“Sunny environments can bleach out the colour of the speaker, for one thing,” continues Andrews. “Obviously, there are paints that will resist this. Another consideration is if you have amplifiers at an ambient temperature that is high, the threshold of overheat stays the same but you’re an awful lot closer to that threshold before you even start.”
“General build quality is essential for these kinds of environments,” he adds. “We use birch ply – you can’t beat it, other than with glass fibre, which tends to be totally waterproof and doesn’t degrade. If we had plastic boxes, I’d be concerned about them in a UV-intense environment because UV tends to make plastic go brittle, whereas with birch ply, regardless of whether the paint stays on or not, it just seems to soldier on.
“We’ve made covers that are completely water- and sun-proof, which we can put over enclosures like the Resolution 2 SH. It’s a mid/high device, which is moulded out of polyurethane foam and would ordinarily suffer from sun damage. It’s a water and UV-proof jacket with a mesh front that lets the sound out. It goes over the whole thing and completely protects it.”
At the opposite end of the temperature scale from the Arabian Gulf, Funktion-One was closely involved with installations in Sochi for the last Winter Olympics. “When it’s cold it’s also usually damp so you construct equipment accordingly,” says Andrews. “The structure of the MST speakers, which we used at Sochi, is all based on glass and resin, which is very waterproof and doesn’t seem to get upset by UV either.”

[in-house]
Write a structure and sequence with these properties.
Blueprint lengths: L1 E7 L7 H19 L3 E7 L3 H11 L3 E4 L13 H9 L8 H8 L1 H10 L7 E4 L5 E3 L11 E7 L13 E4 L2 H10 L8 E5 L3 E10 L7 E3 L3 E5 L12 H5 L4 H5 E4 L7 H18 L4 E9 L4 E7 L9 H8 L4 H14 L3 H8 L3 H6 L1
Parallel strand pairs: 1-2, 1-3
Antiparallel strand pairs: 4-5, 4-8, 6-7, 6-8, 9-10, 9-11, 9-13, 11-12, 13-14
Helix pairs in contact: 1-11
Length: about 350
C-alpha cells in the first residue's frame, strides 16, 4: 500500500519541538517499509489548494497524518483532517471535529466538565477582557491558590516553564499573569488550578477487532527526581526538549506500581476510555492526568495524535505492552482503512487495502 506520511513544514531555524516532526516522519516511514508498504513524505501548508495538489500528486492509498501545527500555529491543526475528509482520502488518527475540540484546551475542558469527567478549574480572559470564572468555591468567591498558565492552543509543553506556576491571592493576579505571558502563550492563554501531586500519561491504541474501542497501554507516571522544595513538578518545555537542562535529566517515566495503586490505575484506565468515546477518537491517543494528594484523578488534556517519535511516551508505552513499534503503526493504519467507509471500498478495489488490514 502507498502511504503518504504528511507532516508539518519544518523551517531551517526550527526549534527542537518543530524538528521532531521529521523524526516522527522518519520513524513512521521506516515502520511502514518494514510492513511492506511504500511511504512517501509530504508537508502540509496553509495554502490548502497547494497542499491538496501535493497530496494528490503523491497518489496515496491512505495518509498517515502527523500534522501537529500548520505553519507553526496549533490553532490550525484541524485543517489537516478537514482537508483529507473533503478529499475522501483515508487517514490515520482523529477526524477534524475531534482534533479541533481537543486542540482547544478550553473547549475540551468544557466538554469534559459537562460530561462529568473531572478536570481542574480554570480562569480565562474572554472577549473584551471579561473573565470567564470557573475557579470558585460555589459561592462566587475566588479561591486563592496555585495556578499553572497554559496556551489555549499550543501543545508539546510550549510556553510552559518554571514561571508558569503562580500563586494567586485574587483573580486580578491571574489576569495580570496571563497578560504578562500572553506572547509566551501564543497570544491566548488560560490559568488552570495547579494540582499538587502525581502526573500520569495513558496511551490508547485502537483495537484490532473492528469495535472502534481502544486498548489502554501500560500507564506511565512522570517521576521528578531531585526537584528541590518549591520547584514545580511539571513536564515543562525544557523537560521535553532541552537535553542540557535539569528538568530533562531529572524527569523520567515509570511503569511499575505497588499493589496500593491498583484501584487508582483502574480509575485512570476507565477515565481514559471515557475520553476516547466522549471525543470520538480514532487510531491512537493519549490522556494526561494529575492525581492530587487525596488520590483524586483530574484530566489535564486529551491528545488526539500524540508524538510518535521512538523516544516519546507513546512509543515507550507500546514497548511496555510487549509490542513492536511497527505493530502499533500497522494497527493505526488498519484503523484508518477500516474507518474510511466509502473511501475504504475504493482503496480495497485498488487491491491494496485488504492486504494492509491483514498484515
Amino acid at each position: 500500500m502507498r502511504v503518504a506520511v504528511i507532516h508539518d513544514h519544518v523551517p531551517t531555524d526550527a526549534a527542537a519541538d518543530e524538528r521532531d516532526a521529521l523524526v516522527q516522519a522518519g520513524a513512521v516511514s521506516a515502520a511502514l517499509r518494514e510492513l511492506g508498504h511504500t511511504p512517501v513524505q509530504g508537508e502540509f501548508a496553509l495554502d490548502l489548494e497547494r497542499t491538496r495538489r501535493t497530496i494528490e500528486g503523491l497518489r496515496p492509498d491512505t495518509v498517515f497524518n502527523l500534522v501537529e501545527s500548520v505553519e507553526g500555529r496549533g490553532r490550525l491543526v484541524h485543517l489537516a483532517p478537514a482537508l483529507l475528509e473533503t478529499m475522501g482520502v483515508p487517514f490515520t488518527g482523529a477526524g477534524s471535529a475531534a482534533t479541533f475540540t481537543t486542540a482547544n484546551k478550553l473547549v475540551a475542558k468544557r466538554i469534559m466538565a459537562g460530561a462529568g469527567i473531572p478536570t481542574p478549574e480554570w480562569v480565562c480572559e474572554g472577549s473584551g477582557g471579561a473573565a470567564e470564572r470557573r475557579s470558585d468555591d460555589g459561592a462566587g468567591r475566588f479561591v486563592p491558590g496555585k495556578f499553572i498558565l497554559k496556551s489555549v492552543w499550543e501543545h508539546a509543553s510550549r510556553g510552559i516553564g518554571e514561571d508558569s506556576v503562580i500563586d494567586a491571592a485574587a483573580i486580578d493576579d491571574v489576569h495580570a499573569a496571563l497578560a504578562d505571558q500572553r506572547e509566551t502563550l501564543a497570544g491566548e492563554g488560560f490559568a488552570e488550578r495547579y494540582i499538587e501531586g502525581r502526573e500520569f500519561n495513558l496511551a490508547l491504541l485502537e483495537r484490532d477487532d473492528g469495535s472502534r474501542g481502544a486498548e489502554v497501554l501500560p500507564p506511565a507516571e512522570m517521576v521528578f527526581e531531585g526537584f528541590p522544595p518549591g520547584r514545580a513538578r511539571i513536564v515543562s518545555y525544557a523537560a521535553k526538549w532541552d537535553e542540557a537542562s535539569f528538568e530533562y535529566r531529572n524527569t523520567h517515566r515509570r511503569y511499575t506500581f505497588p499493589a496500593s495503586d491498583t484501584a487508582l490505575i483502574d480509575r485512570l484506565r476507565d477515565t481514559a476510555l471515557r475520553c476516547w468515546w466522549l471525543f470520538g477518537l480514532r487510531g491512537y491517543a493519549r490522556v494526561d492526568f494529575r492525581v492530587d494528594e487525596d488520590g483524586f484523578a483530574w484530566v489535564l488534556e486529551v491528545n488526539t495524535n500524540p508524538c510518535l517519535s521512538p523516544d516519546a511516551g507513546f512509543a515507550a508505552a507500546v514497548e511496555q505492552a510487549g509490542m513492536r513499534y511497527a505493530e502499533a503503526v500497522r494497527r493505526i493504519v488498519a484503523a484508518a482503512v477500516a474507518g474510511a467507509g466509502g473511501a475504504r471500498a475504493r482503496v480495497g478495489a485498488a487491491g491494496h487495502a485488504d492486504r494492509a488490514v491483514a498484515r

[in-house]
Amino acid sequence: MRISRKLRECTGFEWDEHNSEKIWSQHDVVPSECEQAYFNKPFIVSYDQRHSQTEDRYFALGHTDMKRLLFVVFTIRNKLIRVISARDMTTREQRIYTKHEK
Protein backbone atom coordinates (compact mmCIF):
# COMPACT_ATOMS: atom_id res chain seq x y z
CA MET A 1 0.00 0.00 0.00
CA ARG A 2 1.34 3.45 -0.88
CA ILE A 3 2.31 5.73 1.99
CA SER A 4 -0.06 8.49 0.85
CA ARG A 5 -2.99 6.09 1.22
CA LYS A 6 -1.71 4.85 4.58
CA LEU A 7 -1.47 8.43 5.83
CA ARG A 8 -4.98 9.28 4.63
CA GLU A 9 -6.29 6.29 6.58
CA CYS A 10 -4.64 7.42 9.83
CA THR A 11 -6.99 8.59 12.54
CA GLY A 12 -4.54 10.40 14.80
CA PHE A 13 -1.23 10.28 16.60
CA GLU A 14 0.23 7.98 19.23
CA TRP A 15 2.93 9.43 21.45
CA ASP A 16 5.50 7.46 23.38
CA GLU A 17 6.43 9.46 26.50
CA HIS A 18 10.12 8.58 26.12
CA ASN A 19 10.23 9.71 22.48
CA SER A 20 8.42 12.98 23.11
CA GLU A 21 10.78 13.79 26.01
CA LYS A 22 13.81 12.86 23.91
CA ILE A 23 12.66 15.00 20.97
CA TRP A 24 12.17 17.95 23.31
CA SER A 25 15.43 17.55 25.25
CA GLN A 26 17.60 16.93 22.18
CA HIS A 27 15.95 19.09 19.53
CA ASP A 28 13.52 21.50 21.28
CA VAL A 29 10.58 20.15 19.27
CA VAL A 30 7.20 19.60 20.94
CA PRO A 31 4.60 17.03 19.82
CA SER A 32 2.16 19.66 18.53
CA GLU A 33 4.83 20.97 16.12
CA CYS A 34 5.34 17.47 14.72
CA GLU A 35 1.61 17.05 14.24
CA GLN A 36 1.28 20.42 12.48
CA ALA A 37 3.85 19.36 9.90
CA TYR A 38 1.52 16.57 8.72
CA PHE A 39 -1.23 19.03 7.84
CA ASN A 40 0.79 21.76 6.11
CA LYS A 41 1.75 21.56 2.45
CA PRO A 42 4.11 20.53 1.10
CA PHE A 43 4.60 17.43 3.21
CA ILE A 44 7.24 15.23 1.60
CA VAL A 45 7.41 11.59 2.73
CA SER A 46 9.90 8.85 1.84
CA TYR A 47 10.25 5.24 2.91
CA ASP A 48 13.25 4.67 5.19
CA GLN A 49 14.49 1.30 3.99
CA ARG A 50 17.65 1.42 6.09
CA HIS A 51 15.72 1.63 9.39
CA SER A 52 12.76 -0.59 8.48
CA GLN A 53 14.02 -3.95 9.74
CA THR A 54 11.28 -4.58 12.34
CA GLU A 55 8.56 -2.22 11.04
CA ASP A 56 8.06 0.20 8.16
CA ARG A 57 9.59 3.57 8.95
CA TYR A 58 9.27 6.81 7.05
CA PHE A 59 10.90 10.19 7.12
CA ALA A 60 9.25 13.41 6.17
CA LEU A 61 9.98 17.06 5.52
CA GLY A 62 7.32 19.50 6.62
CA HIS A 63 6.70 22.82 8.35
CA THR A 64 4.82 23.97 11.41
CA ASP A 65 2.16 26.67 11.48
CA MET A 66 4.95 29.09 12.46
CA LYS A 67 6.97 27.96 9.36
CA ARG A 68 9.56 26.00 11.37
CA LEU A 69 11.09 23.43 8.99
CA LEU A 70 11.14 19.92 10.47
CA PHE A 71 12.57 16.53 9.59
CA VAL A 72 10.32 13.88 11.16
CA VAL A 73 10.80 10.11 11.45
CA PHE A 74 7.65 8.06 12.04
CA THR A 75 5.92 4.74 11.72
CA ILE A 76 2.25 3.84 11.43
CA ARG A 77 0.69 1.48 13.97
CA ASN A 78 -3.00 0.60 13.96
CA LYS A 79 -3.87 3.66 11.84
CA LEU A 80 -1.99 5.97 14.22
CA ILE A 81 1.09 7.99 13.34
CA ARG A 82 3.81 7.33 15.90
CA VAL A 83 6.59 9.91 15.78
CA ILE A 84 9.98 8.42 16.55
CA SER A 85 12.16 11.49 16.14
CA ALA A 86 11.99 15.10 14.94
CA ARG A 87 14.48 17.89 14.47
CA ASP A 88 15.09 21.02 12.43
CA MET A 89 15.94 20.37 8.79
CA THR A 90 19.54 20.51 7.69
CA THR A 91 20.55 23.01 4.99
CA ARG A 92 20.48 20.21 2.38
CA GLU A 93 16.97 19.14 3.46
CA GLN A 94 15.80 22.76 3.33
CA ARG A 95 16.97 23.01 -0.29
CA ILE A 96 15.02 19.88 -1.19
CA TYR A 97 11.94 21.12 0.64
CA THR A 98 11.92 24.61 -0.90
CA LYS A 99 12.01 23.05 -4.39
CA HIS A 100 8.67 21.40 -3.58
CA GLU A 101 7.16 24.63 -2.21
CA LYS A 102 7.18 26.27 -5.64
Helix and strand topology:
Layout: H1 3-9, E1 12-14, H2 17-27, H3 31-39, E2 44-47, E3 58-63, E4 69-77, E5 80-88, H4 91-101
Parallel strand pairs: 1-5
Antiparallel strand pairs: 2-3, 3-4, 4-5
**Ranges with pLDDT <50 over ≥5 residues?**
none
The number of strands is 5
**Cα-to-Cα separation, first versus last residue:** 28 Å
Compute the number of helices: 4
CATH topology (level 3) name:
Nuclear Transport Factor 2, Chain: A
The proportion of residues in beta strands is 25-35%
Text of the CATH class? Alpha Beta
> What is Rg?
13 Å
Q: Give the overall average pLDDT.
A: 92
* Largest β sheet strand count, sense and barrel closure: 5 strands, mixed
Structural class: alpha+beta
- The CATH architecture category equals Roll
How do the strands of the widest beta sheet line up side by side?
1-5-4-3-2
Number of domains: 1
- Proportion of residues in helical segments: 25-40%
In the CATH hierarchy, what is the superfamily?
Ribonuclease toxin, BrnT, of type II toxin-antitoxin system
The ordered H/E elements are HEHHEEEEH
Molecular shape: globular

Andrey Kremenchugskiy and his company Edelweiss Audio worked on the Sochi projects. “Essentially, it’s all about good sealing and other protection measures,” says Kremenchugskiy. “A different type of connector hidden in the IP-rated box is used. Paint that could withstand both precipitation and moisture as well as abrupt temperature changes is also applied. During installation, when the sun was above the mountain top it was hot enough to work in shirtsleeves. At dusk, the temperature dropped to freezing point in just half an hour.
“Also, as we were firing up the mountain and had to point horns a bit upwards – special mesh was used for horn mouth protection against small stones and nesting birds. Some products, such as MST10s, are made of composite material, which is practically immune to weather conditions. All metal hardware is made of stainless steel and imbedded into horns during manufacturing.”
Looking to future business prospects, Kremenchugskiy notes that Russia is to host the next football World Cup in 2018. “The demand for products which combine quality, efficiency and good weather protection should be high. But the competition is getting keener. We have won the tender to provide the sound system for a soccer arena just recently. We had to take part in face-to-face listening test with 10 other competitors. Now, for sports venues, that’s something I had never heard in 18 years of being an installation engineer.”
Back in warmer climes, amid more than a little controversy, Qatar is gearing up for the 2022 World Cup, with stadium builds continuing apace. Qatar’s bid organisers say that the nine stadiums involved will be zero-carbon emitting and climate controlled. The stadiums will take measures to reduce solar radiation and warm winds, and provide soft air conditioning to provide adequate climatic conditions (these measures have not before been deployed on stadiums of this size). The authorities promise “innovative cooling technology to ensure an optimal playing temperature of 26ºC”. The air-conditioned stadium? Watch this space.